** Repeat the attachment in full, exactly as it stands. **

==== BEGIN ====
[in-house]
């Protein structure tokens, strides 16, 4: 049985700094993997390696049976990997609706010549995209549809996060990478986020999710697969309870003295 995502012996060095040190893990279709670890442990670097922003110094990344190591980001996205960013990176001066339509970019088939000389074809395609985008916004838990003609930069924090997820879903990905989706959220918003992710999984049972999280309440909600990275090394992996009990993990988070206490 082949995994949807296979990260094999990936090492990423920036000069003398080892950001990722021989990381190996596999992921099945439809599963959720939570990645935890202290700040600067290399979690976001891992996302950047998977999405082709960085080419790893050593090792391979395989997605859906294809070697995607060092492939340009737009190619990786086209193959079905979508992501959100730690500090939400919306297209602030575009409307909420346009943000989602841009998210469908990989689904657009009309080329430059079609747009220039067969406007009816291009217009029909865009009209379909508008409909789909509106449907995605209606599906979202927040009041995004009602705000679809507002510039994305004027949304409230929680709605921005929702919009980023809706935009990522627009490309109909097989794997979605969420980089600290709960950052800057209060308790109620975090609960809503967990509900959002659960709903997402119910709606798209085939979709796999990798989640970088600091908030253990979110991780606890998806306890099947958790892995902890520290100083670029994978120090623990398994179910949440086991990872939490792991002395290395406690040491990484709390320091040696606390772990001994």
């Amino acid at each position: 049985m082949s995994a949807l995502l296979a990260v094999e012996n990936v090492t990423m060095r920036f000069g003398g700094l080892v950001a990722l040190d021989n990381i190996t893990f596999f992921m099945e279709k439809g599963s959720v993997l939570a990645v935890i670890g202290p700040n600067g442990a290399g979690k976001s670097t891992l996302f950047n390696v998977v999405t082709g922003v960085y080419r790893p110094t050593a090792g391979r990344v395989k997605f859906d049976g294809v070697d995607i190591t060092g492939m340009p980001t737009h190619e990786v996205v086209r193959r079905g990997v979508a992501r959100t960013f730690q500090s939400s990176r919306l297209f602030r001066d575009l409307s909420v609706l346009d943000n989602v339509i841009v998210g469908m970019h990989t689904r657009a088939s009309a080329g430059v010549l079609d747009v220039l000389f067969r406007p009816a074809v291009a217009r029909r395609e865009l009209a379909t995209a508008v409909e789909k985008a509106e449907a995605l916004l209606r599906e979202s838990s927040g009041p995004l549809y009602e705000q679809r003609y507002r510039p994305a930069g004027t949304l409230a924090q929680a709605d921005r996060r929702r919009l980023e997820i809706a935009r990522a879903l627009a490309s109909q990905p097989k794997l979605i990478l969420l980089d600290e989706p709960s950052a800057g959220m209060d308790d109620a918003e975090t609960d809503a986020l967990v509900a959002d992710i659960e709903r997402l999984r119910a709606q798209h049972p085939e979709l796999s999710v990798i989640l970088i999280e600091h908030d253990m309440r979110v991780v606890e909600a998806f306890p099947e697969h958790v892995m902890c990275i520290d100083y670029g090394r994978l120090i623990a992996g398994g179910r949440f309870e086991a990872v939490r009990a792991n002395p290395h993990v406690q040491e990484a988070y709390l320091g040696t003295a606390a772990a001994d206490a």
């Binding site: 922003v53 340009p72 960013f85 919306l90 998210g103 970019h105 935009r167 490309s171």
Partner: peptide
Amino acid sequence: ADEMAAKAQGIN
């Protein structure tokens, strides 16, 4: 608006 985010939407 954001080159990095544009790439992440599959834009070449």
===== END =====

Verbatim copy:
[in-house]
């Protein structure tokens, strides 16, 4: 049985700094993997390696049976990997609706010549995209549809996060990478986020999710697969309870003295 995502012996060095040190893990279709670890442990670097922003110094990344190591980001996205960013990176001066339509970019088939000389074809395609985008916004838990003609930069924090997820879903990905989706959220918003992710999984049972999280309440909600990275090394992996009990993990988070206490 082949995994949807296979990260094999990936090492990423920036000069003398080892950001990722021989990381190996596999992921099945439809599963959720939570990645935890202290700040600067290399979690976001891992996302950047998977999405082709960085080419790893050593090792391979395989997605859906294809070697995607060092492939340009737009190619990786086209193959079905979508992501959100730690500090939400919306297209602030575009409307909420346009943000989602841009998210469908990989689904657009009309080329430059079609747009220039067969406007009816291009217009029909865009009209379909508008409909789909509106449907995605209606599906979202927040009041995004009602705000679809507002510039994305004027949304409230929680709605921005929702919009980023809706935009990522627009490309109909097989794997979605969420980089600290709960950052800057209060308790109620975090609960809503967990509900959002659960709903997402119910709606798209085939979709796999990798989640970088600091908030253990979110991780606890998806306890099947958790892995902890520290100083670029994978120090623990398994179910949440086991990872939490792991002395290395406690040491990484709390320091040696606390772990001994």
């Amino acid at each position: 049985m082949s995994a949807l995502l296979a990260v094999e012996n990936v090492t990423m060095r920036f000069g003398g700094l080892v950001a990722l040190d021989n990381i190996t893990f596999f992921m099945e279709k439809g599963s959720v993997l939570a990645v935890i670890g202290p700040n600067g442990a290399g979690k976001s670097t891992l996302f950047n390696v998977v999405t082709g922003v960085y080419r790893p110094t050593a090792g391979r990344v395989k997605f859906d049976g294809v070697d995607i190591t060092g492939m340009p980001t737009h190619e990786v996205v086209r193959r079905g990997v979508a992501r959100t960013f730690q500090s939400s990176r919306l297209f602030r001066d575009l409307s909420v609706l346009d943000n989602v339509i841009v998210g469908m970019h990989t689904r657009a088939s009309a080329g430059v010549l079609d747009v220039l000389f067969r406007p009816a074809v291009a217009r029909r395609e865009l009209a379909t995209a508008v409909e789909k985008a509106e449907a995605l916004l209606r599906e979202s838990s927040g009041p995004l549809y009602e705000q679809r003609y507002r510039p994305a930069g004027t949304l409230a924090q929680a709605d921005r996060r929702r919009l980023e997820i809706a935009r990522a879903l627009a490309s109909q990905p097989k794997l979605i990478l969420l980089d600290e989706p709960s950052a800057g959220m209060d308790d109620a918003e975090t609960d809503a986020l967990v509900a959002d992710i659960e709903r997402l999984r119910a709606q798209h049972p085939e979709l796999s999710v990798i989640l970088i999280e600091h908030d253990m309440r979110v991780v606890e909600a998806f306890p099947e697969h958790v892995m902890c990275i520290d100083y670029g090394r994978l120090i623990a992996g398994g179910r949440f309870e086991a990872v939490r009990a792991n002395p290395h993990v406690q040491e990484a988070y709390l320091g040696t003295a606390a772990a001994d206490a």
């Binding site: 922003v53 340009p72 960013f85 919306l90 998210g103 970019h105 935009r167 490309s171």
Partner: peptide
Amino acid sequence: ADEMAAKAQGIN
């Protein structure tokens, strides 16, 4: 608006 985010939407 954001080159990095544009790439992440599959834009070449």